Tony Bennett, Last of a Generation of Crooners, is Mourned

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Tony Bennett, via his Facebook page in 2019

Tony Bennett, whose career spanned popular music for more than seven decades, died Friday, July 21, 2023, at age 96. During his celebrated career, the great singer’s recording peers ranged from Frank Sinatra to Lady Gaga, who became his champion in his later years. His publicist, Sylvia Weiner, announced his death.

On Feb. 1, 2021, Bennett revealed that he had been diagnosed with Alzheimer’s Disease four years earlier. The singing legend and his wife, Susan, shared that heartbreaking news in an interview with AARP. Classic rockers are among those paying tribute to the legend. See many of them below.

Twelve hours after news of his passing was announced, his wife and son made a follow-up post.

“Thank you to all the fans, friends and colleagues of Tony’s who celebrated his life and humanity and shared their love of him and his musical legacy. From his first performances as a singing waiter in Queens to his last performances in 2021 at Radio City Music Hall, Tony delighted in performing the songs he loved and making people happy. And as sad as today has been for all of us we can find joy in Tony’s legacy forever.”

– Susan Benedetto and Danny Bennett

From the official bio on his website: Through his dedication to excellence and his insistence on quality, Bennett became the keeper of the flame by extolling the virtues and values represented by the Great American Songbook. He performed for eleven U.S. Presidents, was a World War II veteran who fought in the Battle of the Bulge and participated in the liberation of a concentration camp, and marched side by side with Dr. Martin Luther King in Selma to support civil rights. Throughout his life, Bennett was a dedicated pacifist and proactive humanitarian.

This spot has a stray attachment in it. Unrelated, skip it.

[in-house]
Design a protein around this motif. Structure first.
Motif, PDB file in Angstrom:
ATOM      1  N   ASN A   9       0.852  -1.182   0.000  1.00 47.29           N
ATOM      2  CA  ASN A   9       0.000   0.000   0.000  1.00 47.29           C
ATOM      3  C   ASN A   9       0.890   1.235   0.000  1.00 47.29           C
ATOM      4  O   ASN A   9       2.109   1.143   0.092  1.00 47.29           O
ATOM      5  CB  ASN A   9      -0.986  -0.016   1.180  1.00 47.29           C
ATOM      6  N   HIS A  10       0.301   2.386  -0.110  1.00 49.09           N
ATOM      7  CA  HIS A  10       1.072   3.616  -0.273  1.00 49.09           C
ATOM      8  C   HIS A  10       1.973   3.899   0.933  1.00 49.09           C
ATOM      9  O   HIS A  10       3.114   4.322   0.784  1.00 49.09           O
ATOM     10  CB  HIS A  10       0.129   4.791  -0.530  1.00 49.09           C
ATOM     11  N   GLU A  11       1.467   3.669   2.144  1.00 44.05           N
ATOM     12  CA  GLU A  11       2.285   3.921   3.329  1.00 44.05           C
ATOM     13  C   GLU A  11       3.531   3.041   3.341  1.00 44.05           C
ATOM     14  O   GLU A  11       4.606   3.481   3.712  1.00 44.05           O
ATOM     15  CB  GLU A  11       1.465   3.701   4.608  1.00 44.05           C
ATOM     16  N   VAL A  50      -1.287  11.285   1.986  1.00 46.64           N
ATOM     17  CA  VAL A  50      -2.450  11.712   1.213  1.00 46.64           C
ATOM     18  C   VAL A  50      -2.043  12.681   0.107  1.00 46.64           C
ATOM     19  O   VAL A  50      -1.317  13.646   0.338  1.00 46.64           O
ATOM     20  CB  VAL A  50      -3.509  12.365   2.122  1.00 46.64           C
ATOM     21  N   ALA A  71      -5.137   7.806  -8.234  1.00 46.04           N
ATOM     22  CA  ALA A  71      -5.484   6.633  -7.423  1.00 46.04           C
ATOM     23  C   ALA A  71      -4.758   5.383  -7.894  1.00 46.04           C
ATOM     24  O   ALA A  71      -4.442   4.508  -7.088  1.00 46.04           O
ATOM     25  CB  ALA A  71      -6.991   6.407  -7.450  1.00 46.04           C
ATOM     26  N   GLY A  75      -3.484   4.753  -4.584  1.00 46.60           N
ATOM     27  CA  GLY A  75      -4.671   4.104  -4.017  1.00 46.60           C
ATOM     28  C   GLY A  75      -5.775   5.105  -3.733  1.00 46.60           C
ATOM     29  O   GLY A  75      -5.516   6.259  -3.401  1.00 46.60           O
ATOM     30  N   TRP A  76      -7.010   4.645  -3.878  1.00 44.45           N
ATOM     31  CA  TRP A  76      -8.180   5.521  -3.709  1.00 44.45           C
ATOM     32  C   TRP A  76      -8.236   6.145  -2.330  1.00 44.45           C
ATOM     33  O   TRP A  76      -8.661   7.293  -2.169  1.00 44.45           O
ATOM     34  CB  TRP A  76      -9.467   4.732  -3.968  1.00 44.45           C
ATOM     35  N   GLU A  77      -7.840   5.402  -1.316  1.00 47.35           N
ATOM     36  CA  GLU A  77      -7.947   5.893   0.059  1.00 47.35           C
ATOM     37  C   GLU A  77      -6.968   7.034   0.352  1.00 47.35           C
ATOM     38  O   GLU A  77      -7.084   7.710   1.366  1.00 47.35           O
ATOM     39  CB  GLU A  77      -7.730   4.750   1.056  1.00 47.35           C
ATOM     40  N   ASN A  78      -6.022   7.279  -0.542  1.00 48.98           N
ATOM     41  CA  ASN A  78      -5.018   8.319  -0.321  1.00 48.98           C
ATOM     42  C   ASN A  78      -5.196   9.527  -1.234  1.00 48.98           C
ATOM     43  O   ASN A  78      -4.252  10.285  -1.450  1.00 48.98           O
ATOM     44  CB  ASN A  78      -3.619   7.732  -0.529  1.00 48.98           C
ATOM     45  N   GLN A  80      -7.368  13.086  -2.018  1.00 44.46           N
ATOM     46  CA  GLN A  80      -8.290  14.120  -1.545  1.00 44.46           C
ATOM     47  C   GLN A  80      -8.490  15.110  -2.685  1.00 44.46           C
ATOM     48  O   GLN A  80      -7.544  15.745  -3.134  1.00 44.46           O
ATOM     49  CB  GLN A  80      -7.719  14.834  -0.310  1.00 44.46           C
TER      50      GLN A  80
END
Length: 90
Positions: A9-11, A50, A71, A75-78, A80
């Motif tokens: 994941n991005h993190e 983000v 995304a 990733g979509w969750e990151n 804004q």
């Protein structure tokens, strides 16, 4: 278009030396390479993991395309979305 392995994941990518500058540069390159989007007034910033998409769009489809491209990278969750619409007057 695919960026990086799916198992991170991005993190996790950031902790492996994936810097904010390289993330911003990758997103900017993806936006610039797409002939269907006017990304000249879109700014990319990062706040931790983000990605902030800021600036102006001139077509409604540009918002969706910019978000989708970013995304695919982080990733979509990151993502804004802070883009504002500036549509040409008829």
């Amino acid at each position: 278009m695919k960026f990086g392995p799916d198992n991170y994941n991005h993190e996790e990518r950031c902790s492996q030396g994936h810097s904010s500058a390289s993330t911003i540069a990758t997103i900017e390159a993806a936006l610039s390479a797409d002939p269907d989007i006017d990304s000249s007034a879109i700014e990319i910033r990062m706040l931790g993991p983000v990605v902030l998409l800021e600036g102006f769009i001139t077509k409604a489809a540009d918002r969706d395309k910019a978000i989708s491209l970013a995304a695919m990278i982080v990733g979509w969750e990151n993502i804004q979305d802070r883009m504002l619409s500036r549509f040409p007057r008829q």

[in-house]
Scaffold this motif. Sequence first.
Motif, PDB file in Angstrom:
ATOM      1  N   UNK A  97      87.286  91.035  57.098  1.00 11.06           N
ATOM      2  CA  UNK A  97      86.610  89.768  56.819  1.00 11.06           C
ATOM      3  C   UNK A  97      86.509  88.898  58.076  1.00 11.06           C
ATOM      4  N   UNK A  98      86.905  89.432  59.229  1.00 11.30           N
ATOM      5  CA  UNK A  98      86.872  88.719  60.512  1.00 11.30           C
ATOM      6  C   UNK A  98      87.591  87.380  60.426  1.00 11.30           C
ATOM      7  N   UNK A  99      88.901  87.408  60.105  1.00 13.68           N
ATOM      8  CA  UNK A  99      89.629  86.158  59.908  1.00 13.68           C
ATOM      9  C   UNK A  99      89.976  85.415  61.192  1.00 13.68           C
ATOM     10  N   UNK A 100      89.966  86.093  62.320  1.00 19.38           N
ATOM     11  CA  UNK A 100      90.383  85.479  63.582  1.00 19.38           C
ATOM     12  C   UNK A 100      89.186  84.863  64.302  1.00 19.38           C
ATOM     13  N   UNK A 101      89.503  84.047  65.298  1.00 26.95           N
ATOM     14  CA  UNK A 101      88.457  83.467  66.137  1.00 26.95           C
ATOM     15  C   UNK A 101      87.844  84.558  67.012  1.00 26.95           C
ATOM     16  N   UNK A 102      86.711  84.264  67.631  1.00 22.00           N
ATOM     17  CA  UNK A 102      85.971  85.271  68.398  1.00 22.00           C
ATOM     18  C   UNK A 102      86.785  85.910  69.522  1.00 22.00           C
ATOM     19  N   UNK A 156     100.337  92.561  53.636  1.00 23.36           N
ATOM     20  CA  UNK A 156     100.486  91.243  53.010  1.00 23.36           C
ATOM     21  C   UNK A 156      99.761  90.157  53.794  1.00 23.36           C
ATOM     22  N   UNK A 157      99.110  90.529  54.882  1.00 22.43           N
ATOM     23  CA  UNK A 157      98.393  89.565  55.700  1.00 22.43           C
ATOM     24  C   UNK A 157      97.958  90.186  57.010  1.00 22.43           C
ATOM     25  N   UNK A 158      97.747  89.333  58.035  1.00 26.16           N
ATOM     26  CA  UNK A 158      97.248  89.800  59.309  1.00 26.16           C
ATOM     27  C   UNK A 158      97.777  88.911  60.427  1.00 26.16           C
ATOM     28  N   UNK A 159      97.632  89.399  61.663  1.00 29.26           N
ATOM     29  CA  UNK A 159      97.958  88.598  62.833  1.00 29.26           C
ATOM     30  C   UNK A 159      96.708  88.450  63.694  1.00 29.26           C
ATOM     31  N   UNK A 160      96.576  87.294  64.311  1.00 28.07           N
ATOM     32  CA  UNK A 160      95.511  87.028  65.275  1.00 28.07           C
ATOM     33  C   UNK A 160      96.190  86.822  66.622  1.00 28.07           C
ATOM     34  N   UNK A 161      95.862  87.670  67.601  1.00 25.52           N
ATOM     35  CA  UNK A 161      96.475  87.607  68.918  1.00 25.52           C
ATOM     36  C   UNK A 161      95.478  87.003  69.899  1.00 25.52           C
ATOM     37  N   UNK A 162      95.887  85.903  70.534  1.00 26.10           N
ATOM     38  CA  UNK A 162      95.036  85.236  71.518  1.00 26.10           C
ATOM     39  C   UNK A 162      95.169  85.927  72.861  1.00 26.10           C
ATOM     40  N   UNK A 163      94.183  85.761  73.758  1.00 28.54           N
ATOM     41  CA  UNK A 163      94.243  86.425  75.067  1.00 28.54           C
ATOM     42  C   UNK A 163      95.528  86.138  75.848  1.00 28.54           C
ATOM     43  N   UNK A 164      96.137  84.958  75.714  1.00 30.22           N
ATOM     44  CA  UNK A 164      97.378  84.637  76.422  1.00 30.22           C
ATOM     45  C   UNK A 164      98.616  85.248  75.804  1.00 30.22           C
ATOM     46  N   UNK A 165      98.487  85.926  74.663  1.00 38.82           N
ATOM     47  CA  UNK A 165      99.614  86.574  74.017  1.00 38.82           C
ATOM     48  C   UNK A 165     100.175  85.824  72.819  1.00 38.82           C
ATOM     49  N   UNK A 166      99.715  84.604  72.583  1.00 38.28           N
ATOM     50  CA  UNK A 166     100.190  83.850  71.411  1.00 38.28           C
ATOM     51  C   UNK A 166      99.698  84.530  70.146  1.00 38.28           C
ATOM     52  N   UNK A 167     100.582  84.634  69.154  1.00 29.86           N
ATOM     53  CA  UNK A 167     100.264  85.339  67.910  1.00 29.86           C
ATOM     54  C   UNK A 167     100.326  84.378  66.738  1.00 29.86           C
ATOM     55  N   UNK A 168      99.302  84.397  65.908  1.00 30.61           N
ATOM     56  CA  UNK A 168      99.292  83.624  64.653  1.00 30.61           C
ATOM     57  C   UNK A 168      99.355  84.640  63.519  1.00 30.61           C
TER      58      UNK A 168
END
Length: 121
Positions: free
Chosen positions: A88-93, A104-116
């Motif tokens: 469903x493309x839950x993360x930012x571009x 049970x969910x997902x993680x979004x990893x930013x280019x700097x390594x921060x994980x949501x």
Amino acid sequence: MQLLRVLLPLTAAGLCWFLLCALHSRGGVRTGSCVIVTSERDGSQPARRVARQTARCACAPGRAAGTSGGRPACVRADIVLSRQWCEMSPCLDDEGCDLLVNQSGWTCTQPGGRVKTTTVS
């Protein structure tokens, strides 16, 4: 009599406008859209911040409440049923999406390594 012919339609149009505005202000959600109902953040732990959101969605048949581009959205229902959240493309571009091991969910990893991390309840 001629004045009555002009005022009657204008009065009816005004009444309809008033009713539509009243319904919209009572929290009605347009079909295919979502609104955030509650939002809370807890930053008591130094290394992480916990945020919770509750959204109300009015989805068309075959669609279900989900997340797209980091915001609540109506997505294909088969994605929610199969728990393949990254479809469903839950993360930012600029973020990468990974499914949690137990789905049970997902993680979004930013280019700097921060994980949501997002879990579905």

No one in popular American music recorded for so long and at such a high level of excellence than Bennett. The essence of his longevity and high artistic achievement was imbued in him in his loving, childhood home in the Astoria section of Queens, New York, where he was born on August 3, 1926. His father died when Tony was 10 and his mother, Anna, raised Tony and his older brother and sister, John and Mary, in a home surrounded by loving relatives who were Tony’s first fans, filling him with encouragement and optimism. He attended the High School of Industrial Arts in Manhattan, where he continued nurturing his two passions: singing and painting. From the radio, he developed a love of music hearing Bing Crosby, Louis Armstrong and Jimmy Durante.

Tony Bennett (Photo: Herman Leonard; used with permission)

As a teenager, Tony sang while waiting on tables and then enlisted in the Army during World War II and while in Europe he performed with military bands. He later had vocal studies at the American Theatre Wing School. The first time Bennett sang in a nightclub was in 1946 when he sat in with trombonist Tyree Glenn at the Shangri-La in Astoria. Bennett’s big break came in 1949 when comedian Bob Hope noticed him working with Pearl Bailey in Greenwich Village in New York City. As Bennett recalled, “Bob Hope came down to check out my act. He liked my singing so much that after the show he came back to see me in my dressing room and said, ‘Come on, kid, you’re going to come to the Paramount and sing with me.’ But first he told me he didn’t care for my stage name (Joe Bari) and asked me what my real name was. I told him, ‘My name is Anthony Dominick Benedetto,’ and he said, ‘We’ll call you Tony Bennett.’ And that’s how it happened. A new Americanized name—the start of a wonderful career and a glorious adventure that has continued for over 60 years.”